The majority of people who like and work with children are not pedophiles. It does mean that we should be observant of all the adults in our children’s lives, whether they wear a white collar, a blue collar, or a clerical collar.

Cleo’s Note: After having researched the British pedophile ring of Colin Blanchard, Vanessa George, Angela Allen, Tracy Lyons and Tracy Dawber, I thought it might prove interesting and informative to include research findings about female pedophiles. They are far more prevalent that I had previously thought, and do as much damage to their victims as do male pedophiles.

From the Health Canada report of 1996
The Invisible Boy: Revisioning the Victimization of Male Children and Teens

Female Perpetrators

As recently as 10 years ago, it was a common assumption that females did not or could not sexually abuse children or youth. Even some professionals working in the field believed that women represented only about 1% to 3% of sexual abusers at most. However, mounting research evidence about sexual abuse perpetration at the hands of teen and adult females has begun to challenge our assumptions, though these earlier and dated views still tend to predominate.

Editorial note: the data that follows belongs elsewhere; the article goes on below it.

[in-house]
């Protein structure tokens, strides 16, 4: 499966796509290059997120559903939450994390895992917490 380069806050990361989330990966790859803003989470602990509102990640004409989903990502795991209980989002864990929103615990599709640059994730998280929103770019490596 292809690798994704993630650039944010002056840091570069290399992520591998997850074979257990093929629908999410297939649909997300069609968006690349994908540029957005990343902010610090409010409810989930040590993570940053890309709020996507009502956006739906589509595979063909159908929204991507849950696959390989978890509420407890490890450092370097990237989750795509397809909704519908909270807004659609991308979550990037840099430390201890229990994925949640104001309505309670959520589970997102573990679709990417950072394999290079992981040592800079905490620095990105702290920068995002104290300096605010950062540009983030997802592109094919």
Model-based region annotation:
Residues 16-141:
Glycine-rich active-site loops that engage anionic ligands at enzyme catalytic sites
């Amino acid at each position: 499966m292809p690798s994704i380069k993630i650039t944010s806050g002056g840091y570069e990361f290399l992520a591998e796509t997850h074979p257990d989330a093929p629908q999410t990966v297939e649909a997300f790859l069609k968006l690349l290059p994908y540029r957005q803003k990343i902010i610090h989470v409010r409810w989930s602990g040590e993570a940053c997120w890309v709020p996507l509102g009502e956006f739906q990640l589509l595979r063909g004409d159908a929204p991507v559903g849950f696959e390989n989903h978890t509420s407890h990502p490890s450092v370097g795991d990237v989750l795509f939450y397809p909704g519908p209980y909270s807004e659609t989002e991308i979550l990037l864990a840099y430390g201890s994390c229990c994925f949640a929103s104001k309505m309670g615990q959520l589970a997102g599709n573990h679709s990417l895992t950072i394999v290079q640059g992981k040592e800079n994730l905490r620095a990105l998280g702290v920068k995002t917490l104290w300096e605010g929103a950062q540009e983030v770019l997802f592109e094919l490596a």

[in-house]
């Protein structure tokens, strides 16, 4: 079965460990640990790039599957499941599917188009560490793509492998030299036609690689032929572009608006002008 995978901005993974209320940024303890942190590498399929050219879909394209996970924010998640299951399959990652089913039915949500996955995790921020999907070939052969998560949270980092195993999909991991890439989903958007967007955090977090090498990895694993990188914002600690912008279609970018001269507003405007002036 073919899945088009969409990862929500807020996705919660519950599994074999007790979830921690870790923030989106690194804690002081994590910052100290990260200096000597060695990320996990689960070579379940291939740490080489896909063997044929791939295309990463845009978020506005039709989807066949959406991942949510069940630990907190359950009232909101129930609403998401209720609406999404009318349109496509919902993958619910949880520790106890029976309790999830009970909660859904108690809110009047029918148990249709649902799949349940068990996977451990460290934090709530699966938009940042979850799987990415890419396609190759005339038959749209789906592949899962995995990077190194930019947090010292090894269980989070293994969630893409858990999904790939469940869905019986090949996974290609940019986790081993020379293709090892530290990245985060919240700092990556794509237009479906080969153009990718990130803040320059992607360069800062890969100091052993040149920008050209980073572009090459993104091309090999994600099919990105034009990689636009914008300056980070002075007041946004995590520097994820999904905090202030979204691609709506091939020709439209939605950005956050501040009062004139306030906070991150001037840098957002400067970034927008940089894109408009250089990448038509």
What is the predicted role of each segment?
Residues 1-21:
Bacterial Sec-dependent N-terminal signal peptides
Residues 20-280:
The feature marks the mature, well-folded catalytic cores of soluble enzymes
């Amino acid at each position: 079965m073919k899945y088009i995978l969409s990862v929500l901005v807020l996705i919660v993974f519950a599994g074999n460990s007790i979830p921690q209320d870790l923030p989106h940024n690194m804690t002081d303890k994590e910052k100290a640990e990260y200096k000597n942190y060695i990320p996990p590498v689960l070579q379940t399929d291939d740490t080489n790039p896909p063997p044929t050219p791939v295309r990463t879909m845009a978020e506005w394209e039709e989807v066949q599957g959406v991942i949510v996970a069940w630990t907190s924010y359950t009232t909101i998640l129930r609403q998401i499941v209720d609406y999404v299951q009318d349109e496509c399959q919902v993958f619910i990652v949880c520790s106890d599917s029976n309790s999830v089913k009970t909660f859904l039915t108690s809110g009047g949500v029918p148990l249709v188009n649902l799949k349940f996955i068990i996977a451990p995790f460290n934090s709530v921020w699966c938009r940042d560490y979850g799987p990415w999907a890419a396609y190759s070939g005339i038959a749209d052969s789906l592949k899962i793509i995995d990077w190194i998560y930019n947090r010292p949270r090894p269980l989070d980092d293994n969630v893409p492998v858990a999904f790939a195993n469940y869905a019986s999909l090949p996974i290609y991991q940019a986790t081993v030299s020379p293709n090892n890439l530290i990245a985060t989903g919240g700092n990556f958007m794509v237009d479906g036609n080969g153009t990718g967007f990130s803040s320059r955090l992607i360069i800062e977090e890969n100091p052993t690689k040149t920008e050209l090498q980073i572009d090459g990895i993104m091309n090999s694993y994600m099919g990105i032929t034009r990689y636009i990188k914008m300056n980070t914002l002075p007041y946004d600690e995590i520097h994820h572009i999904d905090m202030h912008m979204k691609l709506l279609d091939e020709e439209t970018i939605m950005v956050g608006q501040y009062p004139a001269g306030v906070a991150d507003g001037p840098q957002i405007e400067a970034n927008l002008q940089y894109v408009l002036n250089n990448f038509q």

The percentage of women and teenage girl perpetrators recorded in case report studies is small and ranges from 3% to 10% (Kendall-Tackett and Simon, 1987; McCarty, 1986; Schultz and Jones, 1983; Wasserman and Kappel, 1985). When the victim is male, female perpetrators account for 1 % to 24% of abusers. When the victim is female, female perpetrators account for 6% to 17% of abusers (American Humane Association, 1981; Finkelhor and Russell, 1984; Finkelhor et al., 1990). In the Ontario Incidence Study, 10% of sexual abuse investigations involved female perpetrators (Trocme, 1994). However, in six studies reviewed by Russell and Finkelhor, female perpetrators accounted for 25% or more of abusers. Ramsay-Klawsnik (1990) found that adult females were abusers of males 37% of the time and female adolescents 19% of the time. Both of these rates are higher than the same study reported for adult and teen male abusers.